Politics

Watch out, boys — Barbara Lee is building an Old Girls Club

Barbara Lee leads a bipartisan group that funds research on women’s campaigns and a political one that backs liberal female candidates.

Barry Chin/Globe Staff

Barbara Lee leads a bipartisan group that funds research on women’s campaigns and a political one that backs liberal female candidates.

Barbara Lee had a life-changing realization five decades ago as a student at Simmons College, where the undergraduate program is women only.

“For the first time ever, I saw women being the leaders — being the president of the class, and the president of the student body, and the editor of the paper,” Lee, 69, recalled in an interview at her Cambridge office.

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“And back then, those were not role models that people saw in society,” she said. “That’s how I saw that women can make great leaders.”

For nearly 20 years, Lee has made it her job to ensure that others see women’s leadership potential. If 2014 is the year of the woman in Massachusetts politics, with female candidates likely to claim four of six statewide offices in November, it is due in no small part to Lee’s efforts.

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Her bipartisan Barbara Lee Family Foundation funds research on women’s campaigns and shares its findings with female candidates of all political stripes, while her Barbara Lee Political Office funds and advises female candidates who share her personal values, generally pro-choice Democrats.

Lee is a longtime backer of Attorney General Martha Coakley, now a candidate for governor, and served as campaign cochair on Coakley’s unsuccessful 2010 run for the US Senate against Republican Scott Brown. She thinks Coakley’s bounce back from that loss and accomplishments as attorney general have convinced voters “that she’ll continue to go to bat for them as governor just the way she has as attorney general.”

Lee also believes the criticism Coakley received for missteps in the 2010 campaign has been different in tone from that given men who lose elections. “I think a lot of that is gender,” she said. “That is . . . one of the obstacles that we need to overcome as a society, is to treat women with the same respect and value their accomplishment as much as we do for men.”

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Coakley says Lee has a gift for spotting potential candidates and helping them build networks of support, and that she is tireless in raising money and offering encouragement.

“She has really been, in Massachusetts, the reason that we’ve been so successful, with [US Representative] Niki Tsongas, and Senator [Elizabeth] Warren, and all the women that you see serving in the Legislature here,” Coakley said. “I think all women who run for office and are elected owe her an enormous debt of gratitude. I know I do.”

Lee, who splits her time between homes in Cambridge and Chilmark, also backs Massachusetts Democrats Maura Healey for attorney general, Deborah Goldberg for treasurer, and Suzanne Bump, the incumbent auditor.

She and Healey first met at a Democratic event a decade ago, when Healey was an attorney at the State Street firm WilmerHale.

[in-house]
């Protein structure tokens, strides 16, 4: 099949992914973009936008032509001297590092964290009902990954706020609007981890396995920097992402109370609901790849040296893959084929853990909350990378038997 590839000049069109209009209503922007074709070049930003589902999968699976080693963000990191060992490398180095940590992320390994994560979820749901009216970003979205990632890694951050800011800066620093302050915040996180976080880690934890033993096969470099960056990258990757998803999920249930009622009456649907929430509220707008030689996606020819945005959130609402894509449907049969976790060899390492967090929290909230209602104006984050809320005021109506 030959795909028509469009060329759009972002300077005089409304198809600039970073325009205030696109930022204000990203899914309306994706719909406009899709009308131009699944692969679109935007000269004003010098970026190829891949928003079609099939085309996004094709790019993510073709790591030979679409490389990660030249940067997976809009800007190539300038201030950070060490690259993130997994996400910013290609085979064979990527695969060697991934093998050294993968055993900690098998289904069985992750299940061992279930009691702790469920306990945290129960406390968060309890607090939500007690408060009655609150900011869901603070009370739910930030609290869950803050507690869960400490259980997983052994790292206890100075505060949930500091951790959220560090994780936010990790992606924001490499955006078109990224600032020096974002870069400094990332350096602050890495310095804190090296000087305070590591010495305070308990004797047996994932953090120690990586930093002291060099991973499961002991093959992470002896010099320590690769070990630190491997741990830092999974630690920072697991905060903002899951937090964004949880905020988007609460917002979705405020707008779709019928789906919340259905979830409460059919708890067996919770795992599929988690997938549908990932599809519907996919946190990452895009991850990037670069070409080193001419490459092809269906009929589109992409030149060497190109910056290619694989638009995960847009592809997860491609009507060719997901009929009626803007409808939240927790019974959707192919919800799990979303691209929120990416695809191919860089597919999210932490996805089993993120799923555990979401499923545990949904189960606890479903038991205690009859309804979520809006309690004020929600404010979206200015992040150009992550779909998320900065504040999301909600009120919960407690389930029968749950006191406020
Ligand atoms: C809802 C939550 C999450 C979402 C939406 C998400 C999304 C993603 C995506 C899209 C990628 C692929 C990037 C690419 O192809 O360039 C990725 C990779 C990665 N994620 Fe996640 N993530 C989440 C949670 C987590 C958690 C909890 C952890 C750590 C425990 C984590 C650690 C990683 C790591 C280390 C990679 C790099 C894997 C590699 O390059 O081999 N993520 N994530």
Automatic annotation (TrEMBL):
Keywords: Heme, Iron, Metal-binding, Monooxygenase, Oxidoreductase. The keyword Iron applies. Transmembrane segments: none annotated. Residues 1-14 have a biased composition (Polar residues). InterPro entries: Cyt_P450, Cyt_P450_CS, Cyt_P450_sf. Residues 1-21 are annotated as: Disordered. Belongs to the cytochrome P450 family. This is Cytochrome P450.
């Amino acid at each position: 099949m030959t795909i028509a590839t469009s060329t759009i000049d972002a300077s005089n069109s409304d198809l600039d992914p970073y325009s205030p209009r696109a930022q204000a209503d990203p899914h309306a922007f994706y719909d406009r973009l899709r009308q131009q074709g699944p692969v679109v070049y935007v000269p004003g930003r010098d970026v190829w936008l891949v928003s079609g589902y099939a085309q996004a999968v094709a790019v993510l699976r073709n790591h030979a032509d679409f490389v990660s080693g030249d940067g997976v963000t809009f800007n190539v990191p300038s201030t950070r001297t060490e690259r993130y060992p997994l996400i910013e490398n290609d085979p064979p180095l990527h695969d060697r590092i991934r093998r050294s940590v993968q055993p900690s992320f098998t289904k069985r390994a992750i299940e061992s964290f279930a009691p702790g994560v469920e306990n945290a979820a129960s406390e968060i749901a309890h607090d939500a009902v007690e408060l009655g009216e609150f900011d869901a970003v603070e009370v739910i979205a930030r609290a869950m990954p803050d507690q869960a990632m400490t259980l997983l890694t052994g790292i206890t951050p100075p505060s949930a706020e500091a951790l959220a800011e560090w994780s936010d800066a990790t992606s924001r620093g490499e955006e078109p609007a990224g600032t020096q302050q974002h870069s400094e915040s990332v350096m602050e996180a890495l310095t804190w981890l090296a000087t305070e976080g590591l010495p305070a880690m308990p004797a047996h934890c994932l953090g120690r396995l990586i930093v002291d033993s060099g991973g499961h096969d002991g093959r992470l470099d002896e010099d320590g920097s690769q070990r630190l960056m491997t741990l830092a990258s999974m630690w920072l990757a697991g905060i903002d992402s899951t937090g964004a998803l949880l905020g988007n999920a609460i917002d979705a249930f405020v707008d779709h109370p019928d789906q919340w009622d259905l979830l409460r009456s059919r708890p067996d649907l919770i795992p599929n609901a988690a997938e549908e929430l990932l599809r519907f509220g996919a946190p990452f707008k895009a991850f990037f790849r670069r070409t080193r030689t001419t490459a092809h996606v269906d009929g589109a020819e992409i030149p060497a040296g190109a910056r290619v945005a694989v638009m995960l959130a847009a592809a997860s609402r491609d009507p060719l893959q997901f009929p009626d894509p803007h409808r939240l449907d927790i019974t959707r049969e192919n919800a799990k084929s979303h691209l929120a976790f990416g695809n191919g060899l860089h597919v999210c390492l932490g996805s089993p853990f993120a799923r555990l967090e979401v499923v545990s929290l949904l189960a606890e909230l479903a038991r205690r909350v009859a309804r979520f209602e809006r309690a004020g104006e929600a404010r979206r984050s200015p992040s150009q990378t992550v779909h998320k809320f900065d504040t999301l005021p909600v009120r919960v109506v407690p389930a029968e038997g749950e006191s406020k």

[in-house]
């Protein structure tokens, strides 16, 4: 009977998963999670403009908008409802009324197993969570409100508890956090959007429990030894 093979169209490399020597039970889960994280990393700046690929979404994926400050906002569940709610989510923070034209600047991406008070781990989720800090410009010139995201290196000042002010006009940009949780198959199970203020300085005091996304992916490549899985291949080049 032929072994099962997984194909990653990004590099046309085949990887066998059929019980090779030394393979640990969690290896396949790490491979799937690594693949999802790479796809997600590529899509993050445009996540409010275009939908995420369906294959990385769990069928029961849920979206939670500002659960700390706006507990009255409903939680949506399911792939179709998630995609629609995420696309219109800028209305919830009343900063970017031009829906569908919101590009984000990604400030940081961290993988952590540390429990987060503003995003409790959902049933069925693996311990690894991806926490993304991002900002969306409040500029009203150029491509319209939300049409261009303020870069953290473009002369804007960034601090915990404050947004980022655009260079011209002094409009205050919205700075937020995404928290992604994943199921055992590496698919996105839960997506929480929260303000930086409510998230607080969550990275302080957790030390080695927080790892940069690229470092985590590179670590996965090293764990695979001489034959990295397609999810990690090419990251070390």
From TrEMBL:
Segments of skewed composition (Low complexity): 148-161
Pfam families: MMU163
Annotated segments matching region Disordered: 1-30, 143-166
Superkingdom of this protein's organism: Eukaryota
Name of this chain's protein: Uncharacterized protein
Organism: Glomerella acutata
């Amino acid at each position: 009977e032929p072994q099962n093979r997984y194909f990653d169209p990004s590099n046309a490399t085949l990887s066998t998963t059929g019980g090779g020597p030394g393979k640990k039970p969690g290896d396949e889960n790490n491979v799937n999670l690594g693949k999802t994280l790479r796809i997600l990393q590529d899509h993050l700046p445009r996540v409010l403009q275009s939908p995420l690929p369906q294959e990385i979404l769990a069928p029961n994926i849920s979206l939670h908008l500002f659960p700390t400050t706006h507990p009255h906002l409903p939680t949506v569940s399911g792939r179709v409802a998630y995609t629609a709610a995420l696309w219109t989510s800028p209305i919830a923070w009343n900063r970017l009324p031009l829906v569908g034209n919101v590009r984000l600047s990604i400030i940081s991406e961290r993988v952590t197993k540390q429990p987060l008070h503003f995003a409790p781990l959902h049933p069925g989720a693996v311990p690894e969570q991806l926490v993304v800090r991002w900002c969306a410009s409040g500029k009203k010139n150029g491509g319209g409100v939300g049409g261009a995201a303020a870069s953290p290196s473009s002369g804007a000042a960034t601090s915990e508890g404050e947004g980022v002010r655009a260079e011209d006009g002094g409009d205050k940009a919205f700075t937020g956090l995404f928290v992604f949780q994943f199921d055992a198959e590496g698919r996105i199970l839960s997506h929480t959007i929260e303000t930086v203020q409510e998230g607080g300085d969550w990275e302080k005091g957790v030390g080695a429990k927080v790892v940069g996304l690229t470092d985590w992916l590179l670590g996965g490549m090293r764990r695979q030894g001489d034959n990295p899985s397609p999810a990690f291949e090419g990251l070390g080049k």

“She looked at me and told me that I either should run or would run one day,” Healey said. “I didn’t really take it seriously. . . . It was certainly not something that I contemplated then.”

The two saw each other at Democratic events over the years but didn’t discuss a possible run again until last fall, Healey said, when she told Lee she planned to run for attorney general. Lee threw her support behind Healey and in March signed on to cochair her campaign’s Women’s Steering Committee.

Healey said Lee’s support, along with that of organizations such as Planned Parenthood and Emily’s List, which works to elect progressive female candidates, was important in her Democratic primary defeat of Warren Tolman, who had the backing of many in the party establishment.

This fall, Lee also has her eye on the New Hampshire Senate race between incumbent Democrat Jeanne Shaheen and Coakley’s old foe Scott Brown, as well as Senate and gubernatorial races nationwide.

Her ultimate goal is full equality for women, she said, and she convened a summit of powerful women in 1996 that concluded that electing women to high office was the means to accomplish it. The US presidency is the obvious brass ring, and Lee expects Hillary Rodham Clinton to be the first woman to grab it.

Lee has known Clinton since she was first lady, when she encouraged Clinton to run for the US Senate and shared her first publication on electing women. Now Lee is a founding member of the political action committee Ready for Hillary. “I’m one of the many people encouraging her,” Lee said with a grin.

She expects both parties to have women on their 2016 presidential tickets, even if both aren’t at the top. “What you do see is men trying to get support [from] women by having women as their running mate,” she said.

Lee has her eye on the long game, though, and she won’t declare victory until the country elects its second female president. “When you elect two, we know that the culture has really changed,” she said.

Lee said her passion for politics came from her grandmother, Minnie Greenberg, who shared memories of watching suffragists marching on New York’s Fifth Avenue before women gained the right to vote in 1920.

Lee said Greenberg would “thrilled” to see the gains women have made in recent years and the role she has played. “I think she would just be so amazed and so proud of me for taking her interest and her passion and making it into my mission,” she said.

Jeremy C. Fox can be reached at jeremy.fox@globe.com. Follow him on Twitter @jeremycfox.
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